New anti-Russian resolutions may be discussed at the UN

The eleventh special emergency session of the UN General Assembly will resume activities on late February. Writes Lucas Leiroz

It is possible that new anti-Russian resolutions will be voted on in the near future. According to a recent official communiqué, the activities of the eleventh special emergency session of the UN General Assembly will resume on February 22nd. With that, new attempts to implement measures against Moscow at the international level are expected – and the most likely thing is that the new efforts fail as well as the previous ones.

The information about the resumption of the session on the 22nd was formally issued by the official representative of General Assembly President Polina Kubiak. According to her, the call request was received on February 10, having been demanded by the delegation of the European Union, in partnership with other pro-Western states.

“The eleventh extraordinary special session of the General Assembly will be held on February 22 at 15.00 (23.00 Moscow time). The head of the EU delegation on behalf of the Republic of Korea, the Republic of Korea, Turkey, Ukraine, the United Kingdom and the United States and the 27 members of the European Union”, she said.

Started last year, the eleventh session aims to discuss possible recommendations on the topic of Russian special military operation in Ukraine. Originally, the session opened on February 28, 2022, at United Nations Headquarters in New York. It was temporarily postponed to March 2 following the adoption of Resolution ES-11/1, where the first recommendation to “condemn” Russia was made. The representatives of the General Assembly met again later, on March 23, 24 and April 7, when resolutions ES-11/2 and ES-11/3 were adopted, proposing, among other measures, the suspension of the Russian Federation from the Council of Human Rights of the United Nations.

In this sense, considering the precedents, it is possible that there will be new attempts to “isolate” Russia in the international scenario through the adoption of resolutions condemning the special operation in Ukraine. Most likely, the proposed new resolutions will focus on the most recent phases of the operation, as according to several reports Moscow is preparing for a final offensive against Kiev soon.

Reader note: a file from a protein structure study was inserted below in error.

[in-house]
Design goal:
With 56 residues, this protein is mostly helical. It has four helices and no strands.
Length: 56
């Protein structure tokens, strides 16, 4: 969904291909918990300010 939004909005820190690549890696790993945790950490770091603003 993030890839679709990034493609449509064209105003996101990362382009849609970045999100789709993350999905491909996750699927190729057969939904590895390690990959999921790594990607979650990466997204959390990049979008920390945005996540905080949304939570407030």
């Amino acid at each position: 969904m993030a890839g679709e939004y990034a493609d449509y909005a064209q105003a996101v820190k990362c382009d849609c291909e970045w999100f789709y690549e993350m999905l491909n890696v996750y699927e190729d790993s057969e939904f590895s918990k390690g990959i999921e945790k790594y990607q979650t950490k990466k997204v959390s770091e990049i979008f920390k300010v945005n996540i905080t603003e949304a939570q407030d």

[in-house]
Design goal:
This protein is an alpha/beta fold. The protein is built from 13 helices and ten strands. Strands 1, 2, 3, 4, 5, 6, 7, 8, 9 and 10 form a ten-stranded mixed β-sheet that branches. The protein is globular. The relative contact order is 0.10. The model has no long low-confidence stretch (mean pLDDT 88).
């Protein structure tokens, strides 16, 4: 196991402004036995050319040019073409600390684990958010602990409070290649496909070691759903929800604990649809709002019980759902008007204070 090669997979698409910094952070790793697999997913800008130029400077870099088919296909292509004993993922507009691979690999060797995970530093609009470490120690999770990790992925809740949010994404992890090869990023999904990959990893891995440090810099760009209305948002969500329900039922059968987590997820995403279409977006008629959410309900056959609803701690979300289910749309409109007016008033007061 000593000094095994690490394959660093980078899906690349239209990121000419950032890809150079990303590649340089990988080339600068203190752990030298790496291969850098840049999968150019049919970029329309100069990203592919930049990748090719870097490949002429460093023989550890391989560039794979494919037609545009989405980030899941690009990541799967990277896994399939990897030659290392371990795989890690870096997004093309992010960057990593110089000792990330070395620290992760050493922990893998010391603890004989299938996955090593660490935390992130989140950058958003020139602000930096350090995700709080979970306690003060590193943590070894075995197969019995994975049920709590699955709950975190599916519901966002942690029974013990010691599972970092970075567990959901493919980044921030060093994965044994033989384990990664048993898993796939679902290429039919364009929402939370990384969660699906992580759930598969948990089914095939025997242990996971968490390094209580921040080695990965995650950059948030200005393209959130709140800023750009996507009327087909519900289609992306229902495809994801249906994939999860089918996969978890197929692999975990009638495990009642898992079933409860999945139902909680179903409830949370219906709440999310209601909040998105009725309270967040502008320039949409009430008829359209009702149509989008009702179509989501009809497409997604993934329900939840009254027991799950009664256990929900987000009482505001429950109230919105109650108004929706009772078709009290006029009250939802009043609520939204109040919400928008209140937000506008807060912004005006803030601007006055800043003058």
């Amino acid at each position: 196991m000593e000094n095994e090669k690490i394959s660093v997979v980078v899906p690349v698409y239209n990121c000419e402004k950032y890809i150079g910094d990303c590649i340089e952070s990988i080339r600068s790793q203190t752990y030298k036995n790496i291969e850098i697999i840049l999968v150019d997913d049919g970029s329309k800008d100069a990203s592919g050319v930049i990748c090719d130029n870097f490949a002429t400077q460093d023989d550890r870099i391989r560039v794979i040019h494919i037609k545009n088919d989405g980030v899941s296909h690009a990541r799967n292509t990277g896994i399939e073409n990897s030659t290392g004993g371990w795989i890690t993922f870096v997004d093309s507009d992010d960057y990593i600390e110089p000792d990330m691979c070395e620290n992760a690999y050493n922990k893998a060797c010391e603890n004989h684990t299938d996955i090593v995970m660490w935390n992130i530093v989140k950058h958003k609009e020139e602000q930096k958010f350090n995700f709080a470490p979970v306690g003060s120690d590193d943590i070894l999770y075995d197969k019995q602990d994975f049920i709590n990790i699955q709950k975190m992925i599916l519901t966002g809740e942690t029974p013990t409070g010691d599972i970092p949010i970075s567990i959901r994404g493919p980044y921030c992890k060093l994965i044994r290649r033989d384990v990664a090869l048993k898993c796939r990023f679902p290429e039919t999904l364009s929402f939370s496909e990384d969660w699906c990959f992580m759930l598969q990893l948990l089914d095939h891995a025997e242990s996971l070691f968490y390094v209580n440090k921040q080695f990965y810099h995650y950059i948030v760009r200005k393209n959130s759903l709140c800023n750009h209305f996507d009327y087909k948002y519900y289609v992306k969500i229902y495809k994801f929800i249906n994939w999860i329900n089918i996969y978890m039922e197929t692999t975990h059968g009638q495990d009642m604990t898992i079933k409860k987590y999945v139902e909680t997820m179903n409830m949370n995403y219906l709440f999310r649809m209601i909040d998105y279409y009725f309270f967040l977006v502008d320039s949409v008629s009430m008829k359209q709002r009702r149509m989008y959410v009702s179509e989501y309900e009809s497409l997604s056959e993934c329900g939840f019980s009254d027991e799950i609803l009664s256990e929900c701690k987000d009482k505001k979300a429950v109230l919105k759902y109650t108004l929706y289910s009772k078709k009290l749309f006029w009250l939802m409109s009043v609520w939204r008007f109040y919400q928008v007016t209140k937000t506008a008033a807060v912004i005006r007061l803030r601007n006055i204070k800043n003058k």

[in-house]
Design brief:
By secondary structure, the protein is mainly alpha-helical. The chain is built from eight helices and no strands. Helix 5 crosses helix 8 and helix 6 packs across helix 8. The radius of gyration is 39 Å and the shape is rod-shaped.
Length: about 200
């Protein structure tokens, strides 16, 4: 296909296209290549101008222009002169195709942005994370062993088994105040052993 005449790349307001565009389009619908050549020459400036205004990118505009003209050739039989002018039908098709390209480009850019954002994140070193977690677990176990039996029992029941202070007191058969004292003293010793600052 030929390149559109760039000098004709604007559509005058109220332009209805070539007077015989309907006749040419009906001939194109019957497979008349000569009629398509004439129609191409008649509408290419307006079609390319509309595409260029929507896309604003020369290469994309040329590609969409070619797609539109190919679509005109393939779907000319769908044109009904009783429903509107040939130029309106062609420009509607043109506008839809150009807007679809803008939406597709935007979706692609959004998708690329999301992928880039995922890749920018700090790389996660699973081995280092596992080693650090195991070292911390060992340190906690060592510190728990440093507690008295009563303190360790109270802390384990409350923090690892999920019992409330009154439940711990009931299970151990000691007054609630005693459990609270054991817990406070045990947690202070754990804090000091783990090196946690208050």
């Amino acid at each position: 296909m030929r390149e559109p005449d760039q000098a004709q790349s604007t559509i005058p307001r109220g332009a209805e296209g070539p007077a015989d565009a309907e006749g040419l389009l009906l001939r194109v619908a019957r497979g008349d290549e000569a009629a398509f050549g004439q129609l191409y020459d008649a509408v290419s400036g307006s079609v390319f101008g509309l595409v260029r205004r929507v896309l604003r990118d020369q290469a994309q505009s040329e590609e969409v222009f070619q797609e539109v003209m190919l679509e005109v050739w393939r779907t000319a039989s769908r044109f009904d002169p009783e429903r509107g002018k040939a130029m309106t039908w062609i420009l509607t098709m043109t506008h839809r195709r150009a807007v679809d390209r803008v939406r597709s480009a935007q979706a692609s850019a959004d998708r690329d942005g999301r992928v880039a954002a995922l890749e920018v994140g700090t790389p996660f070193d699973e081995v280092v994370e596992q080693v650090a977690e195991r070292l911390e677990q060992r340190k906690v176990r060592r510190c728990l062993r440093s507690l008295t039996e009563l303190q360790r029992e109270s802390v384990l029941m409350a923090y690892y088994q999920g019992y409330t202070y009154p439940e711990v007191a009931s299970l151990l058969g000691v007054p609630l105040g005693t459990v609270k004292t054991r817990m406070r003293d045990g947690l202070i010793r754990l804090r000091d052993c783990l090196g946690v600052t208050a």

Procedurally, special sessions are convened within 24 hours after the receiving of a request by the UN Secretary General. To validate the arranging, it is only necessary to have the application supported by the vote of a member of the Security Council, which is why these sessions are frequently organized, even if few states agree with the resolutions proposed during them. Furthermore, a session can be convened even at the mere request of a majority of UN members, which makes them even more common and trivial.

In other words, the fact that countries will meet on the 22nd to discuss again the topic of Russia’s special military operation is not at all worrying for Moscow. The Russian government has already demonstrated that it receives broad international support from its direct allies in the BRICS as well as from several emerging countries. At previous Assembly meetings, many countries have declined to support anti-Russian resolutions, choosing to reject, abstain or even not attend the events. A similar situation is expected for the next summit, considering that since last February the process of geopolitical decentralization has intensified more and more.

However, this shows the West’s insistence on maintaining an anti-Russian policy and trying to impose it at the international level. NATO and its allied countries are not satisfied with Moscow’s decision to react to the constant aggressions suffered by the Russian people in Donbass over the last nine years. In addition to backing the neo-Nazi regime and sending weapons and mercenaries so that the conflict continues indefinitely, the West continues to demand from international society that it promotes an “isolation” of Russia, trying to make it a “pariah” through sanctions and resolutions which are rejected by most states.

It is already clear that the isolation of Moscow is not feasible. As the world’s largest country, producer of many important commodities and a key partner of many states, Russia simply cannot be “isolated”, and all attempts to make this possible are meant to fail. In the specific case of the UN, the only thing that the West can achieve by calling sessions to discuss the operation in Ukraine is to propose some resolutions without any practical effect, which will work as mere “recommendations” to which only the Western countries themselves and their allies will comply.

Instead, the best course of action would be to discuss a reformulation of the UN in order to make the organization appropriate for the current geopolitical context. Extending the Security Council, changing some procedures and preventing Western hegemony in the organization are important steps to be taken to prevent the UN from becoming obsolete and failing in its objective of guaranteeing world peace.

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